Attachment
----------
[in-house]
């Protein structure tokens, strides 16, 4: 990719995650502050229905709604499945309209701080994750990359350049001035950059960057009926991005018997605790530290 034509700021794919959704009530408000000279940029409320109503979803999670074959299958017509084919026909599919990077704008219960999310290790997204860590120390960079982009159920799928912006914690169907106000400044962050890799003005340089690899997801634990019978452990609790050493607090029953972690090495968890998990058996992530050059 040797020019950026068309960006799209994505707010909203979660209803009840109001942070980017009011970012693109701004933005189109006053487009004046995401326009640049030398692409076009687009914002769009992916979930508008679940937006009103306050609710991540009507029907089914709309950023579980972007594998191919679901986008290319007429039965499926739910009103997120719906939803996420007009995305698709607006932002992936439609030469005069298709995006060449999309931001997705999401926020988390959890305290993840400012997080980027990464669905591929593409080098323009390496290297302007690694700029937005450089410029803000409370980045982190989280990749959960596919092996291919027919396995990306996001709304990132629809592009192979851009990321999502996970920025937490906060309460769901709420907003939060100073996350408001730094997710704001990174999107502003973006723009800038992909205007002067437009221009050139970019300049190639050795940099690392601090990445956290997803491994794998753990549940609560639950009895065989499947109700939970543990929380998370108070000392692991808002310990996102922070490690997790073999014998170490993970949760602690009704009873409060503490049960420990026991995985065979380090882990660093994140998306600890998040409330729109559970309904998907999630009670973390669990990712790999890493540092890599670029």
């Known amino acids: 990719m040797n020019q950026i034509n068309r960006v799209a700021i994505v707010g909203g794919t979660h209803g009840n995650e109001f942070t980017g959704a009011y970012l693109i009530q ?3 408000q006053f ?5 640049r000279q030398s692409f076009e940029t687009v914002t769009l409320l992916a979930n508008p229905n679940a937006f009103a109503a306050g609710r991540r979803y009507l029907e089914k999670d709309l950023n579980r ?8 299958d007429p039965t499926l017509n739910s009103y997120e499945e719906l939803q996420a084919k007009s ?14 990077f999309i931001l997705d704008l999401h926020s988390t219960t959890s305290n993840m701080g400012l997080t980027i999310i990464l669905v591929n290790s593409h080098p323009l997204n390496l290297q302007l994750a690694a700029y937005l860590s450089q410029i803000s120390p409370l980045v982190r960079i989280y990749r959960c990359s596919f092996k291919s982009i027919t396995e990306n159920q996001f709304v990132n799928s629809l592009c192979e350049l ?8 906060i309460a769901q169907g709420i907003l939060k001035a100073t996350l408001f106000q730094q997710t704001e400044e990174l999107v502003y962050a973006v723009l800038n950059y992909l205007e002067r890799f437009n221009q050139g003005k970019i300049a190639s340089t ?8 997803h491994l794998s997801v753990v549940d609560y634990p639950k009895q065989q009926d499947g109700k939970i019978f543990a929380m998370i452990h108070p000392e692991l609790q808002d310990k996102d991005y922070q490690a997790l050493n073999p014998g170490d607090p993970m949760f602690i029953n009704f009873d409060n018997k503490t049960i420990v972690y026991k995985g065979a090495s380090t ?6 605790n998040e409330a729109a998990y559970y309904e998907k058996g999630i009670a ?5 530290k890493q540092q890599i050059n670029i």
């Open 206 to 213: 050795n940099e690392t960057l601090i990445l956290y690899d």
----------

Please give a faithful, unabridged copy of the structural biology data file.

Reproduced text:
[in-house]
């Protein structure tokens, strides 16, 4: 990719995650502050229905709604499945309209701080994750990359350049001035950059960057009926991005018997605790530290 034509700021794919959704009530408000000279940029409320109503979803999670074959299958017509084919026909599919990077704008219960999310290790997204860590120390960079982009159920799928912006914690169907106000400044962050890799003005340089690899997801634990019978452990609790050493607090029953972690090495968890998990058996992530050059 040797020019950026068309960006799209994505707010909203979660209803009840109001942070980017009011970012693109701004933005189109006053487009004046995401326009640049030398692409076009687009914002769009992916979930508008679940937006009103306050609710991540009507029907089914709309950023579980972007594998191919679901986008290319007429039965499926739910009103997120719906939803996420007009995305698709607006932002992936439609030469005069298709995006060449999309931001997705999401926020988390959890305290993840400012997080980027990464669905591929593409080098323009390496290297302007690694700029937005450089410029803000409370980045982190989280990749959960596919092996291919027919396995990306996001709304990132629809592009192979851009990321999502996970920025937490906060309460769901709420907003939060100073996350408001730094997710704001990174999107502003973006723009800038992909205007002067437009221009050139970019300049190639050795940099690392601090990445956290997803491994794998753990549940609560639950009895065989499947109700939970543990929380998370108070000392692991808002310990996102922070490690997790073999014998170490993970949760602690009704009873409060503490049960420990026991995985065979380090882990660093994140998306600890998040409330729109559970309904998907999630009670973390669990990712790999890493540092890599670029």
């Known amino acids: 990719m040797n020019q950026i034509n068309r960006v799209a700021i994505v707010g909203g794919t979660h209803g009840n995650e109001f942070t980017g959704a009011y970012l693109i009530q ?3 408000q006053f ?5 640049r000279q030398s692409f076009e940029t687009v914002t769009l409320l992916a979930n508008p229905n679940a937006f009103a109503a306050g609710r991540r979803y009507l029907e089914k999670d709309l950023n579980r ?8 299958d007429p039965t499926l017509n739910s009103y997120e499945e719906l939803q996420a084919k007009s ?14 990077f999309i931001l997705d704008l999401h926020s988390t219960t959890s305290n993840m701080g400012l997080t980027i999310i990464l669905v591929n290790s593409h080098p323009l997204n390496l290297q302007l994750a690694a700029y937005l860590s450089q410029i803000s120390p409370l980045v982190r960079i989280y990749r959960c990359s596919f092996k291919s982009i027919t396995e990306n159920q996001f709304v990132n799928s629809l592009c192979e350049l ?8 906060i309460a769901q169907g709420i907003l939060k001035a100073t996350l408001f106000q730094q997710t704001e400044e990174l999107v502003y962050a973006v723009l800038n950059y992909l205007e002067r890799f437009n221009q050139g003005k970019i300049a190639s340089t ?8 997803h491994l794998s997801v753990v549940d609560y634990p639950k009895q065989q009926d499947g109700k939970i019978f543990a929380m998370i452990h108070p000392e692991l609790q808002d310990k996102d991005y922070q490690a997790l050493n073999p014998g170490d607090p993970m949760f602690i029953n009704f009873d409060n018997k503490t049960i420990v972690y026991k995985g065979a090495s380090t ?6 605790n998040e409330a729109a998990y559970y309904e998907k058996g999630i009670a ?5 530290k890493q540092q890599i050059n670029i």
């Open 206 to 213: 050795n940099e690392t960057l601090i990445l956290y690899d």